Ukraine Tries to Grab Headlines

Ukraine tank disabled in cross border attack on Belgorod Province on March 12
Ukraine tank disabled in cross border attack on Belgorod Province on March 12.

By David Sole

The Ukrainian military has tried to grab headlines with bold military strikes against the Russian Federation itself. These tactics, however, are insignificant when one considers the battlefront situation along the line of contact. They have also been a crushing failure.

Since the fall of Ukraine’s stronghold of Avdeyevka on February 19 the Ukrainian troops have been in retreat. Attempts to stabilize a new line of defense west of Avdeyevka, with large numbers of reserve troops being sent in, has been unsuccessful and while fighting continues it is costing the Ukrainians dearly in casualties and weapons loss.

To take attention away from these defeats Ukraine has sent a number of heavily armed groups to directly cross the border into the Belgorod and Kursk provinces of the Russian Federation.  A large number of drone attacks have also been sent across the border.

Russian media reported that troops armed with tanks, armored personnel carriers and artillery crossed into Russia along the Belgorod border on March 10. Video of this incursion and subsequent fire-fight were shown on Russian TV. Russian forces counterattacked resulting in “around 70 Ukrainian troops were either killed or severely wounded, while five tanks, three howitzers, one multiple rocket launcher and several pickups and APCs were destroyed.”

In the Kursk region of Russia another cross border attack took place on March 12 preceded by a mass drone attack. The governor of Kursk reported that 11 drones were shot down by air defense systems. During the following hours, units of Ukrainian soldiers crossed the border near the town of Tyotkino. These troops, accompanied by tanks, were pushed back by Russian border defense units.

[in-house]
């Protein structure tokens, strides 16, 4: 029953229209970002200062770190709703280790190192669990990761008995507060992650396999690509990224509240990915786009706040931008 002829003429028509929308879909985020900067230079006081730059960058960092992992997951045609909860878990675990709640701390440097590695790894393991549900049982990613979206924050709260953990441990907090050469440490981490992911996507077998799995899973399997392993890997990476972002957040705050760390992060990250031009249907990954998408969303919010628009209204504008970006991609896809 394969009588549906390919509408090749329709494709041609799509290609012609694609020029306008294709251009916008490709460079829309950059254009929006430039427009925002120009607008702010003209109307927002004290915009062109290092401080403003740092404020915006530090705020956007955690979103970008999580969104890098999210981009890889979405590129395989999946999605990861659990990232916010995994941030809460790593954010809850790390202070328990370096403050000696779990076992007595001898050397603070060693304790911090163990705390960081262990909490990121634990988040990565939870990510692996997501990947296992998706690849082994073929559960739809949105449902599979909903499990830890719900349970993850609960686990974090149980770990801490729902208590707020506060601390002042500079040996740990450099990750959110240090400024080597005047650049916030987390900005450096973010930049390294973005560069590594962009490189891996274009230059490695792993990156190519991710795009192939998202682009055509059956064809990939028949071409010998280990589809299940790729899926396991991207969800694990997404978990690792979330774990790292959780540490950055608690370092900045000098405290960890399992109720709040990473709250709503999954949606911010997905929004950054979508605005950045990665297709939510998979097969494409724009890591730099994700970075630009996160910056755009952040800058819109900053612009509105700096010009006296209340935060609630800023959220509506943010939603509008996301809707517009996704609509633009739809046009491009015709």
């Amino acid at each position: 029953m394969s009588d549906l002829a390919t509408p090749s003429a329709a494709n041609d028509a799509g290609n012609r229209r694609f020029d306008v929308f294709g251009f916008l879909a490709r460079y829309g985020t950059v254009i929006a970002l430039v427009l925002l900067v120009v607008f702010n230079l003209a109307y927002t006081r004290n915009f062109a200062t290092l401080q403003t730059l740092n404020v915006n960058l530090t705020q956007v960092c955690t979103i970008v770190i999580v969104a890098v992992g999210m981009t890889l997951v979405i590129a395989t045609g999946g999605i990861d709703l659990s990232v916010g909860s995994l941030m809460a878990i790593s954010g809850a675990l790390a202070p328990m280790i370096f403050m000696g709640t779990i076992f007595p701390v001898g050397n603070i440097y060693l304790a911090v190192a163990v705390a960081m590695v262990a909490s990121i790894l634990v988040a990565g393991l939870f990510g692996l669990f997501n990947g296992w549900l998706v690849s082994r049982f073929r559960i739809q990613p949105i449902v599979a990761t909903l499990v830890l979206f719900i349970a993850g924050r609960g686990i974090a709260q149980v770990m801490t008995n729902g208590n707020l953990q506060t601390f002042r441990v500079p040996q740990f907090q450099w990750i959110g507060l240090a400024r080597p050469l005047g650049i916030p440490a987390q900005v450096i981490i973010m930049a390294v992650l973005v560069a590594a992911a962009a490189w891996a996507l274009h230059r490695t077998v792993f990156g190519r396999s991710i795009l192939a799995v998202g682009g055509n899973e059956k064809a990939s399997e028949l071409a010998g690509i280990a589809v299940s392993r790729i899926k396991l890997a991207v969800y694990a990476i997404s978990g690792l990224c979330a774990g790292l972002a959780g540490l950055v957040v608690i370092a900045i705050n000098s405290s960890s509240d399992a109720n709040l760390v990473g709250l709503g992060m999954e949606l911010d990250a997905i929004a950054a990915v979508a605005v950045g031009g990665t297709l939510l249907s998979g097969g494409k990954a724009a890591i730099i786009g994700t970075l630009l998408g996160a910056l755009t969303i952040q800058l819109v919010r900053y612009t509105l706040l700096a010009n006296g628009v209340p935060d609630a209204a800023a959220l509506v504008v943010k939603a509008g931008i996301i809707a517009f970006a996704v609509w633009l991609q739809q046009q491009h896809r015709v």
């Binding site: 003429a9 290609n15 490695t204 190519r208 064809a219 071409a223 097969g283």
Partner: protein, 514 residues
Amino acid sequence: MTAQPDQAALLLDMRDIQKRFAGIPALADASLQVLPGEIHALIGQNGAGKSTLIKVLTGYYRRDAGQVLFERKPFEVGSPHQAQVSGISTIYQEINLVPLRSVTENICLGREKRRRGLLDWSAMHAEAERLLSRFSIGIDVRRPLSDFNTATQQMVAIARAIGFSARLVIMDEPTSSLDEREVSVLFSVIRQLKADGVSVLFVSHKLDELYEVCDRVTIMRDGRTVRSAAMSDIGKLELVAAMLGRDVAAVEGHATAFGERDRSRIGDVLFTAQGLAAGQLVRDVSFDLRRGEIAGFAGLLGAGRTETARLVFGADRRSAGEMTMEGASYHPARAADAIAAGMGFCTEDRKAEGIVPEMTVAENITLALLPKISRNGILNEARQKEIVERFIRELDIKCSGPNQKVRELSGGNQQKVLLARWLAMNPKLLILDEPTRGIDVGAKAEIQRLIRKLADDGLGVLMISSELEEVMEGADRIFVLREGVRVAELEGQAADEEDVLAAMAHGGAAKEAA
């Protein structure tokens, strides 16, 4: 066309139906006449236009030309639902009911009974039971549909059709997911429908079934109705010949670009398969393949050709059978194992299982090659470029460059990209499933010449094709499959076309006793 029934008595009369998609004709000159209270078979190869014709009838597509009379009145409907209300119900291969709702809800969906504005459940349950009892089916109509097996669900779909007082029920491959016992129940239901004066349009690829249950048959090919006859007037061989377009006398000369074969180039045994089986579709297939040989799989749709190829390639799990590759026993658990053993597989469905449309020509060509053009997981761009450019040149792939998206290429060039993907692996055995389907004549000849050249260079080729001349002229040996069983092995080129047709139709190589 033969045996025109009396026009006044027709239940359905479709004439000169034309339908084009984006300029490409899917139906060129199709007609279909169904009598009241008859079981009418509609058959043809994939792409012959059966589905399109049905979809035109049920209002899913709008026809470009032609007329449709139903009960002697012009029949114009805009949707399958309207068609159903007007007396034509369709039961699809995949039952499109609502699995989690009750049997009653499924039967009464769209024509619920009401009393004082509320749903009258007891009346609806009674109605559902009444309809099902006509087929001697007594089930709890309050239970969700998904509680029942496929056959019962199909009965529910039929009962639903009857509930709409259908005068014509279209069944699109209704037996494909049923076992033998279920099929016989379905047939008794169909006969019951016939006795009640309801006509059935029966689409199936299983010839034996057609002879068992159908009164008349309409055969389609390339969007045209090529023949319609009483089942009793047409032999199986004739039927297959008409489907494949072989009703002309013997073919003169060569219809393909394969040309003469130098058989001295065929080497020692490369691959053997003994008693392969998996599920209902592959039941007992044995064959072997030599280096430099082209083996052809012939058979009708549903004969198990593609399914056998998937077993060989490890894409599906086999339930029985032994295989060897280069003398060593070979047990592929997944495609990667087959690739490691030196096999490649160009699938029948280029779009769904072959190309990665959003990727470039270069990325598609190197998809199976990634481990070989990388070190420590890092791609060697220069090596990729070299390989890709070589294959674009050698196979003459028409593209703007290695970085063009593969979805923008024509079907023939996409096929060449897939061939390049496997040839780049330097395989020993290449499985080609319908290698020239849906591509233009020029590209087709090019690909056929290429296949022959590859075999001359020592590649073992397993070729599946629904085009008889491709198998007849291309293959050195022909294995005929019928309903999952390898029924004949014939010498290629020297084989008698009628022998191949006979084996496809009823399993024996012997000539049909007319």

A second Ukrainian cross border attack took place in the same area of Kursk province just 2 days later. This group also came under heavy attack by Russian troops. On March 14, another attack in Belgorod province, on the village of Kozinka, was stopped by the Russians. The Ukrainians were confronted as they entered the village. Approaches to the village were “remotely mined” by the Russians to stop any reinforcements from arriving. The Ukrainian unit was then driven out of Kozinka and cut down outside the village.

The Ukrainian units included Russians who have formed militia units trained and armed by Ukraine. The Russian Ministry of Defense reported that these recent attacks on Russian soil have cost the Ukrainians over 1,500 casualties, 18 tanks and 23 armored vehicles.

The United States, determined to keep their Ukrainian proxies fighting Russia, are scrounging around to find ways to provide weapons. The big spending bill to send $60 billion of aid to Ukraine continues to be held up in Congress as the Democrat and Republican feud continues. But NBC News reported on March 12 that: “The White House will provide $300 million in additional weapons to Ukraine….The package will be made available through presidential drawdown authority, of PDA, which pulls weapons from existing U.S. stockpiles….[including] anti-aircraft missiles, ammunition, artillery rounds and anti-armor systems…” Alarmingly, “the Pentagon was considering giving Ukraine urgent weapons, including the powerful [long-range ballistic] missiles, without waiting for Congress to approve funds.”

The New York Times reported on March 11 that “Ukraine could deploy F-16s as soon as July.” Some of the planes are already stationed at a NATO training base in Romania. President Biden had to give his OK for U.S. allies in Europe to transfer these fighter jets into Ukraine. Training of pilots continues in Denmark but these pilots have not yet arrived at the Fetesi base in Romania. No one expects that a few F-16s will change the balance of forces on the battlefields. Russia has decisive air superiority as well as extensive air defense systems.

Be the first to comment

Leave a Reply